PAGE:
A Chicago court ruled that Zimmer Biomet identifying an employee as a compliance risk is not defamation, according to The Wall Street Journal.
Three things to know:
1. A former employee sued Zimmer Biomet in 2016 after the company designated him as a compliance risk related to antibribery laws.
2. Alejandro Yeatts had been employed by a Biomet subsidiary in Argentina, which was under scrutiny for potential foreign bribery. Biomet eventually settled the allegations with the U.S. in 2012, but Mr. Yeatts was named on the compliance risk list and found he could not do business with other Biomet employees and agents as a result.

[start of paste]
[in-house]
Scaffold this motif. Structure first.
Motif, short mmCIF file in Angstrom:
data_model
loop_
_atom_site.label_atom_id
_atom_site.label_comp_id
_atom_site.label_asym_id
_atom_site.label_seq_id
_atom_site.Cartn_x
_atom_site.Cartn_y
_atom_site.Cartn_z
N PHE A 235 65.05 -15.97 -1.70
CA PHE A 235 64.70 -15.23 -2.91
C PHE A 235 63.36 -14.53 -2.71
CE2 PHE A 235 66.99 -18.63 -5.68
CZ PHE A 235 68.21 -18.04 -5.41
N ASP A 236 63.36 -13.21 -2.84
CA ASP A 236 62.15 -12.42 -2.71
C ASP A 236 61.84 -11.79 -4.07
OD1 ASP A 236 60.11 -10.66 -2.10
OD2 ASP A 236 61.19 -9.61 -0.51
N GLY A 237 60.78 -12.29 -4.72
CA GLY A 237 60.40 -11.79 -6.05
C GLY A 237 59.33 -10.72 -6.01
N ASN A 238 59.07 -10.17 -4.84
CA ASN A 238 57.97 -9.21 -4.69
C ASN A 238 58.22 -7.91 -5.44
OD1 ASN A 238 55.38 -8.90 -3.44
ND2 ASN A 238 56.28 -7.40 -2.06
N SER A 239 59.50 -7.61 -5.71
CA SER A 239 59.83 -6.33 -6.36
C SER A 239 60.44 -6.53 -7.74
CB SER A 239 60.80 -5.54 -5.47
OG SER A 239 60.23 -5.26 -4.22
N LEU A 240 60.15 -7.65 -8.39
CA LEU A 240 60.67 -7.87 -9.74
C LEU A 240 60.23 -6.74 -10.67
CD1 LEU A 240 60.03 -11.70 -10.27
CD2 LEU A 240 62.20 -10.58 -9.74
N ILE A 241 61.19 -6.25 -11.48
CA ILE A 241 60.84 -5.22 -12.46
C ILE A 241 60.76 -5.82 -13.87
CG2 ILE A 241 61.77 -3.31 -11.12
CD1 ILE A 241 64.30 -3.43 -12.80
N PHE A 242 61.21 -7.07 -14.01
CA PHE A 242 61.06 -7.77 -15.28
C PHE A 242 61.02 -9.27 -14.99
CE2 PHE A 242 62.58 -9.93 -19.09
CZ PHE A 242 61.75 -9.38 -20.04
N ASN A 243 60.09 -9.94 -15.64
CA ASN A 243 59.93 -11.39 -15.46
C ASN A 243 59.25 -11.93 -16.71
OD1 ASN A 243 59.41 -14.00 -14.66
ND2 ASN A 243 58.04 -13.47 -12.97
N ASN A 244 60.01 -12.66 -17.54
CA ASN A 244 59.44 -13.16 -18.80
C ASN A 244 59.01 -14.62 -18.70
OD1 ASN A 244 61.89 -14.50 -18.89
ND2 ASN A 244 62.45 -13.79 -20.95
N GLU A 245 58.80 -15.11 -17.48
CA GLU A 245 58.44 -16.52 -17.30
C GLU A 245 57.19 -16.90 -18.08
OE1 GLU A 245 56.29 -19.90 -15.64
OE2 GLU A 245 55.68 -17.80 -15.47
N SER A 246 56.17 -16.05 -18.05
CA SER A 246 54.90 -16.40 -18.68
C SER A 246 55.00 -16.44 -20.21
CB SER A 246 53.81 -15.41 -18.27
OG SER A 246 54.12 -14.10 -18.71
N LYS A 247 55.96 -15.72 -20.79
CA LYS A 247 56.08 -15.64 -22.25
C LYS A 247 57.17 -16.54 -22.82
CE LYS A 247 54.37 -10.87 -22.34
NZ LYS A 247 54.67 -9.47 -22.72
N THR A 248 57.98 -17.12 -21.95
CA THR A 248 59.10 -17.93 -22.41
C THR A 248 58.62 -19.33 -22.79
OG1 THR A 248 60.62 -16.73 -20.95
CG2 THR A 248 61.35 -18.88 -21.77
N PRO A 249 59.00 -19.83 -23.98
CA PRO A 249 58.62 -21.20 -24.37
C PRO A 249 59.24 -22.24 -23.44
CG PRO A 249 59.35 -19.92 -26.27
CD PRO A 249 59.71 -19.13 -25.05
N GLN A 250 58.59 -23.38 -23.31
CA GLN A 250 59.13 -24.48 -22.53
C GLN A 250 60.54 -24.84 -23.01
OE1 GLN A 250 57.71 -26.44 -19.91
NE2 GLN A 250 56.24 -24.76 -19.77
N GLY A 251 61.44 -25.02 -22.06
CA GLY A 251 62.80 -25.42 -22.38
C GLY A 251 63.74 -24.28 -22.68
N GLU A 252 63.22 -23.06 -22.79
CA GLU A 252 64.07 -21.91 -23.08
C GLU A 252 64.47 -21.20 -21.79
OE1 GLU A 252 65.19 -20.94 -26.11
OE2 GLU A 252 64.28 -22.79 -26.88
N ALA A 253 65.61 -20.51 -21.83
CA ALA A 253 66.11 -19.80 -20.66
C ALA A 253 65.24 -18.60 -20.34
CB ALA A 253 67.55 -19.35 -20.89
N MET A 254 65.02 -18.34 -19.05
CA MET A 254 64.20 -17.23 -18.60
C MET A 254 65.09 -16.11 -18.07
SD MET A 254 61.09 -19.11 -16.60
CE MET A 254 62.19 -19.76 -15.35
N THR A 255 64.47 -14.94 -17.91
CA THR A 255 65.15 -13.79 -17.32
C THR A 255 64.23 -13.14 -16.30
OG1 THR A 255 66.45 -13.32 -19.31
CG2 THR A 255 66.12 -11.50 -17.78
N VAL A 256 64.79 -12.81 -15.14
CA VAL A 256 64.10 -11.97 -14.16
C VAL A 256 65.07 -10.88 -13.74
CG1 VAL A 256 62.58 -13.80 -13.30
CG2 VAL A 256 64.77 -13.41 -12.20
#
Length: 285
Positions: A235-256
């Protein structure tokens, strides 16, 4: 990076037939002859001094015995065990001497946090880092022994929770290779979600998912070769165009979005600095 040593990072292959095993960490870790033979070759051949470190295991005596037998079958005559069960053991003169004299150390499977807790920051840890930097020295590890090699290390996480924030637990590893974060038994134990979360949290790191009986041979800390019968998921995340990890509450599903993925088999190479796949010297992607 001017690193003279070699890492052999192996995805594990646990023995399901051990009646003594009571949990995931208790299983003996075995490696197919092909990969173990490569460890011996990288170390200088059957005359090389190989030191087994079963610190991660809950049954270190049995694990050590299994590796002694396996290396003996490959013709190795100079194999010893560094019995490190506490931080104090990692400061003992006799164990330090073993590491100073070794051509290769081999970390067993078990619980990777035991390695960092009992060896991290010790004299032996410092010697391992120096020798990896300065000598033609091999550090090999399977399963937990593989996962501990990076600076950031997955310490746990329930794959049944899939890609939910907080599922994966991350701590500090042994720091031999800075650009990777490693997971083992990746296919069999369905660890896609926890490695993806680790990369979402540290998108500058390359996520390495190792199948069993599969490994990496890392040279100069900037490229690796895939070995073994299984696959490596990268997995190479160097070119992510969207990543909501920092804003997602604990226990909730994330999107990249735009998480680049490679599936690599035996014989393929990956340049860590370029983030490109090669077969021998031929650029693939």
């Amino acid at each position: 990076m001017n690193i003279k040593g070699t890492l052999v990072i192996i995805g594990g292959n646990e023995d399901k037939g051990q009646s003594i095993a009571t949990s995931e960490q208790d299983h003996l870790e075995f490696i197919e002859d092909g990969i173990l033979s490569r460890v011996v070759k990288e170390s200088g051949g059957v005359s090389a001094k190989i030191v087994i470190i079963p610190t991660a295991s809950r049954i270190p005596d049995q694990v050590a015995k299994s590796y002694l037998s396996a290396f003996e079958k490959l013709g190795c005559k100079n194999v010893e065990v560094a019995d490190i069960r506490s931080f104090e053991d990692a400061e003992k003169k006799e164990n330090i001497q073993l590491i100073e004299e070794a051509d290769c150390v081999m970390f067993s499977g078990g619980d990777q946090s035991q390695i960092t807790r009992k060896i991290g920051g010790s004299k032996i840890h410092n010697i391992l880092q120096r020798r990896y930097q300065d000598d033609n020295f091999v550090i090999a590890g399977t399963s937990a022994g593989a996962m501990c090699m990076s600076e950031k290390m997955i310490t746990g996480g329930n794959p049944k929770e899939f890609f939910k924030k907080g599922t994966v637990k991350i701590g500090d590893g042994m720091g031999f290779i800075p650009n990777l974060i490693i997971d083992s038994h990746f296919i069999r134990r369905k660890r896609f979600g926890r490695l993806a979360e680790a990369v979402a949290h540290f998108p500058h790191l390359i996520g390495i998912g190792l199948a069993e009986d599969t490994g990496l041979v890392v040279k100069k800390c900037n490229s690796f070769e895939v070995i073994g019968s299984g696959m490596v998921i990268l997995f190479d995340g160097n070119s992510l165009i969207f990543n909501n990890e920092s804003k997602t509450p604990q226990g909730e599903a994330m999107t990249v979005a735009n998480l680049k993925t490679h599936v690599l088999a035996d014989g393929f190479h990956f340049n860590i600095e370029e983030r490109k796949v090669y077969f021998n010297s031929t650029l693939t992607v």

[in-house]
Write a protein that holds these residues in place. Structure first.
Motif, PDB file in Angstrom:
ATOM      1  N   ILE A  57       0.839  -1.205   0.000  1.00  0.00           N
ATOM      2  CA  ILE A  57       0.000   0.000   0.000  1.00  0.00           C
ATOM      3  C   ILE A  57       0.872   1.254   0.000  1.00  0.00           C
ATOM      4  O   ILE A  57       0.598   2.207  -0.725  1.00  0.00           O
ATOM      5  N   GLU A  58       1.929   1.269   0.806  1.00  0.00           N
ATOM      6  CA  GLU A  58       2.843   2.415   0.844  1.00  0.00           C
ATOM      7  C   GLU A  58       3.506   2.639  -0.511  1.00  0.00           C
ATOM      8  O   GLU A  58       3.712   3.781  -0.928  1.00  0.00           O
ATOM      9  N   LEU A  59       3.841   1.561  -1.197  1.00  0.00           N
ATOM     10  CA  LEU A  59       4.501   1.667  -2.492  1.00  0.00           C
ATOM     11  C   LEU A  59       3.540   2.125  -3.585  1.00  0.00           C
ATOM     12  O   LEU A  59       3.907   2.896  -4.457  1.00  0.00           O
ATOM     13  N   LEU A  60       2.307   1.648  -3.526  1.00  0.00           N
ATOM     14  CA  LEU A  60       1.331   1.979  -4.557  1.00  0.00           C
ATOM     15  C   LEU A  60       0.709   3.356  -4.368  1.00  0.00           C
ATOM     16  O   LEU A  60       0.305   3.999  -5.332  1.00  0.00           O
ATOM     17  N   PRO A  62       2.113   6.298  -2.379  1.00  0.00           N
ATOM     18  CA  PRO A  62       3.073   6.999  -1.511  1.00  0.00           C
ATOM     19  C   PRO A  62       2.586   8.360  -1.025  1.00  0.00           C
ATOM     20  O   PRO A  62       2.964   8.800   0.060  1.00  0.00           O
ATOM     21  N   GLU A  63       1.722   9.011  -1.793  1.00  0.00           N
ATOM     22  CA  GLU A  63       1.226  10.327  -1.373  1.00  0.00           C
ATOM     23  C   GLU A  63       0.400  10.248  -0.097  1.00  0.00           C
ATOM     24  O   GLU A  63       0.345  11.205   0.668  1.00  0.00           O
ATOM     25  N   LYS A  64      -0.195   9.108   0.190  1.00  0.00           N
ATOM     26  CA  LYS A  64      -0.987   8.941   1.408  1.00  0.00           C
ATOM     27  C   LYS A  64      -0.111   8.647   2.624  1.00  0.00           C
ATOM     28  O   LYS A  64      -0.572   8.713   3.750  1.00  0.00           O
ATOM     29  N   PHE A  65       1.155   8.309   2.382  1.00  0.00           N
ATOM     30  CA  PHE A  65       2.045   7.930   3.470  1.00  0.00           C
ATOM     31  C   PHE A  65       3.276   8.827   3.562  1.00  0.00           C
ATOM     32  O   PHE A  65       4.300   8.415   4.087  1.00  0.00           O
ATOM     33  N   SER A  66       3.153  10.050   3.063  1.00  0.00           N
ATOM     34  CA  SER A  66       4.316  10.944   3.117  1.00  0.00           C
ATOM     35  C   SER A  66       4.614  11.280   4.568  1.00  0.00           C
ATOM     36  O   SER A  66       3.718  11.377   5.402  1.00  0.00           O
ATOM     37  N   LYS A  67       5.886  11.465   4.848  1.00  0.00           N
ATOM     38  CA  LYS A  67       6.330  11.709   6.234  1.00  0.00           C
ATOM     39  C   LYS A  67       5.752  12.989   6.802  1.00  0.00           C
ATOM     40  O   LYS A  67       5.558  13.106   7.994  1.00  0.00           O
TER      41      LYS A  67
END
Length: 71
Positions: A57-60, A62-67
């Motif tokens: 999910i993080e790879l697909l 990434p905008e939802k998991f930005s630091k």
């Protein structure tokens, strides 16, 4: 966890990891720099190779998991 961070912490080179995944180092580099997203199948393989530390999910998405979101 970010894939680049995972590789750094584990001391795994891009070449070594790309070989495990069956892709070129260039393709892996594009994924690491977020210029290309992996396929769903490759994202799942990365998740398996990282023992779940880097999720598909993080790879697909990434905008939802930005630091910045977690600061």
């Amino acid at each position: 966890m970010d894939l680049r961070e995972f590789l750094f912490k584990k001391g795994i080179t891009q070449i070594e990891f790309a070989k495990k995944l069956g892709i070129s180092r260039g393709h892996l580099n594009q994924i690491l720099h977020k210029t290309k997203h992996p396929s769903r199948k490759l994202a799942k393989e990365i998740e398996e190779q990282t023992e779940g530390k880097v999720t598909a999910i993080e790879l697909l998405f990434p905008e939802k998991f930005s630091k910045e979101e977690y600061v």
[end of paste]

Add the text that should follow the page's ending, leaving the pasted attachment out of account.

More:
3. The court found that even if Mr. Yeatts wasn't involved in criminal activity, Biomet's concern was justified.